photo image290.jpg

Grubby garden recreation:
 photo CIMG2151.jpg

Summer 2013 - aka "Recovery, Yay!"
By June we could (finally) start training again From there it seemed promising: my memory abilities were mostly back, a normal night's sleep was adequate, headaches were only occasional, we could train, we could travel, and we would be ready for the next season. After a spring from hell, the summer was great!

I received a (somewhat expected due to ongoing pain) bombshell that I am going to need double hip surgery, but was able to push through with the help of a hip specialist and train to the point where I was stronger and faster than last season. I set new personal bests in all my lifts and felt great. (This pic is of a warm up set.)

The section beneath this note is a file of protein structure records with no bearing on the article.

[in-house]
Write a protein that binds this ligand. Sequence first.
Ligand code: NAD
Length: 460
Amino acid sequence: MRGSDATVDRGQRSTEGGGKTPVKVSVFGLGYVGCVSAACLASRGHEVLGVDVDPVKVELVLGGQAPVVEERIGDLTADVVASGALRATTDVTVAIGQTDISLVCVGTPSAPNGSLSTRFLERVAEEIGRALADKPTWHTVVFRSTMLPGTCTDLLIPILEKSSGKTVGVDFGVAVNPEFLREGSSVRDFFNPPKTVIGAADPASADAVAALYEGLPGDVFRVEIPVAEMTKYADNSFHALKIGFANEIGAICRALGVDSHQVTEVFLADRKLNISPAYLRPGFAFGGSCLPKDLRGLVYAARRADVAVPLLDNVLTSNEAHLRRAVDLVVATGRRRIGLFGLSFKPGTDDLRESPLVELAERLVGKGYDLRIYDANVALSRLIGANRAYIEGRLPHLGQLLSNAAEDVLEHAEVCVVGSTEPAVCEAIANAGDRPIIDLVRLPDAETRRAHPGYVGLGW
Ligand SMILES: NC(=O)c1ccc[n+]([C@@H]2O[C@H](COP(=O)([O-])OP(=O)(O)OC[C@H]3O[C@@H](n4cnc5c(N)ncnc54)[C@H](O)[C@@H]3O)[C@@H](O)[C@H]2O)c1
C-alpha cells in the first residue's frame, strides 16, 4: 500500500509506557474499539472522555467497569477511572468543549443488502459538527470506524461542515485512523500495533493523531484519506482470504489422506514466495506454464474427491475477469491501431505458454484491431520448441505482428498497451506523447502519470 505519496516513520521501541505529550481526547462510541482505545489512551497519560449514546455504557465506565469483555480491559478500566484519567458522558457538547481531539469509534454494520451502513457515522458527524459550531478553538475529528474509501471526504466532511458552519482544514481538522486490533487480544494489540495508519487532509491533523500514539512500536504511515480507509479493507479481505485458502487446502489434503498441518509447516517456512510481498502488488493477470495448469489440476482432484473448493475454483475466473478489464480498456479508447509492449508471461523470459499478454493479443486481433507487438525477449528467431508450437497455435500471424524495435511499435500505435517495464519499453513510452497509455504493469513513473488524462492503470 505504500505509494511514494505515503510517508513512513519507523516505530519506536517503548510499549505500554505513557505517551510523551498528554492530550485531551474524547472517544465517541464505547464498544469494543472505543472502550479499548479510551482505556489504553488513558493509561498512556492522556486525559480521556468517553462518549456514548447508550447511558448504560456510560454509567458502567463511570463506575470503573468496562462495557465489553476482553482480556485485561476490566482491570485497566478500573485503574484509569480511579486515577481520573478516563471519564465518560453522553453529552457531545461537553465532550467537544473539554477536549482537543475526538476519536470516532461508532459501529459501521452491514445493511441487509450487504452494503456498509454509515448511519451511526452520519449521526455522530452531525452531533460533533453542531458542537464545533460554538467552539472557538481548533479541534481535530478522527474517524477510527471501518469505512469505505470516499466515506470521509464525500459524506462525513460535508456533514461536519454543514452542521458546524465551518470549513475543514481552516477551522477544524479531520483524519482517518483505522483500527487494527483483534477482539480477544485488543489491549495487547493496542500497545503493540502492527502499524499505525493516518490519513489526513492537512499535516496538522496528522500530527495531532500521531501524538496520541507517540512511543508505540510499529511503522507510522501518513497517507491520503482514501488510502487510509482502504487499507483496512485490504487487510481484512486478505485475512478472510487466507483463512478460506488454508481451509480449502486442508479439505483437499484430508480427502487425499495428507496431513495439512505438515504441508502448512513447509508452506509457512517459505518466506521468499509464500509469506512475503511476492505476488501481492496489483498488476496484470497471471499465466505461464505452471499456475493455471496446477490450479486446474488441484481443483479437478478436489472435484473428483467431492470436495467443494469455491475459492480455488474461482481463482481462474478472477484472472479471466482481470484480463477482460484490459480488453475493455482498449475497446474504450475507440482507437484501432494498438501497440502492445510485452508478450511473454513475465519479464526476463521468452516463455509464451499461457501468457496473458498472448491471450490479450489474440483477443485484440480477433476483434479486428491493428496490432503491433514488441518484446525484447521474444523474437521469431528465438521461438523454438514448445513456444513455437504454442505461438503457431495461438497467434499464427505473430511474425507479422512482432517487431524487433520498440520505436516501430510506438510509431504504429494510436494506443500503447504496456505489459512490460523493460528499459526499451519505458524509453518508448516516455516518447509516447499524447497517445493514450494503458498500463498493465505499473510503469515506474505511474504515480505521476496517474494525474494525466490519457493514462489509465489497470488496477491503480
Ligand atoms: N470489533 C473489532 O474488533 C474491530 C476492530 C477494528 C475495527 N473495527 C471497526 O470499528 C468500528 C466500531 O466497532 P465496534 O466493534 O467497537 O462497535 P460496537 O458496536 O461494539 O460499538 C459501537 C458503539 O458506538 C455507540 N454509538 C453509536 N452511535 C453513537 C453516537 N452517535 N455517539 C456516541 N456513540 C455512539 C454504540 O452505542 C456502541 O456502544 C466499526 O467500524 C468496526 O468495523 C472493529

photo IMG_5633.jpg

And Brad set new personal bests as well. (This pic is an actual personal best.)
 photo IMG_5236.jpg

While most of our time was training and working, we found time to enjoy the summer.

Brad ate a CHEESEburger, shocking.
 photo IMG_4933.jpg

We threw a surprise Mad-Hatter Unbirthday party for a friend.
 photo IMG_4911.jpg

By July we could fly safely, and flew to Lake Placid for the national team camp, where the team was kitted out in 1980s USA hockey jerseys...

 photo IMG_4959.png

...and where I got some serious PT...
 photo IMG_5519.jpg

...blame the PT for the rockin' was apparently shockingly painful (but effective!)...P.S. Peter is amazing...
 photo IMG_5525.jpg

...we dolled up for the team gala...
 photo IMG_4979.jpg

...and signed autographs at an event at the Placid ski jumps.
 photo IMG_6046.jpg